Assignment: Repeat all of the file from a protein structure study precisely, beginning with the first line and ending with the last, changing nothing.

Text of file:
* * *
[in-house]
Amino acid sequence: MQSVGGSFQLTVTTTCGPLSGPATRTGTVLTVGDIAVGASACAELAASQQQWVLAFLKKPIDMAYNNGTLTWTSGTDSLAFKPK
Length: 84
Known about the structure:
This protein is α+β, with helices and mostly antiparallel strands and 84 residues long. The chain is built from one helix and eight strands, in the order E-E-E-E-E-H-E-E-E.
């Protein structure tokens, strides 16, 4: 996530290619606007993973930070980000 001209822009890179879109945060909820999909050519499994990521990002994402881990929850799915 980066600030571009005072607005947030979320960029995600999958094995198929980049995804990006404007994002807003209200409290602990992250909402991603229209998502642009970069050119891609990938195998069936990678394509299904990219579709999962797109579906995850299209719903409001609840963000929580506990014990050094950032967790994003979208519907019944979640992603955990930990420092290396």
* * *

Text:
[in-house]
Amino acid sequence: MQSVGGSFQLTVTTTCGPLSGPATRTGTVLTVGDIAVGASACAELAASQQQWVLAFLKKPIDMAYNNGTLTWTSGTDSLAFKPK
Length: 84
Known about the structure:
This protein is α+β, with helices and mostly antiparallel strands and 84 residues long. The chain is built from one helix and eight strands, in the order E-E-E-E-E-H-E-E-E.
């Protein structure tokens, strides 16, 4: 996530290619606007993973930070980000 001209822009890179879109945060909820999909050519499994990521990002994402881990929850799915 980066600030571009005072607005947030979320960029995600999958094995198929980049995804990006404007994002807003209200409290602990992250909402991603229209998502642009970069050119891609990938195998069936990678394509299904990219579709999962797109579906995850299209719903409001609840963000929580506990014990050094950032967790994003979208519907019944979640992603955990930990420092290396």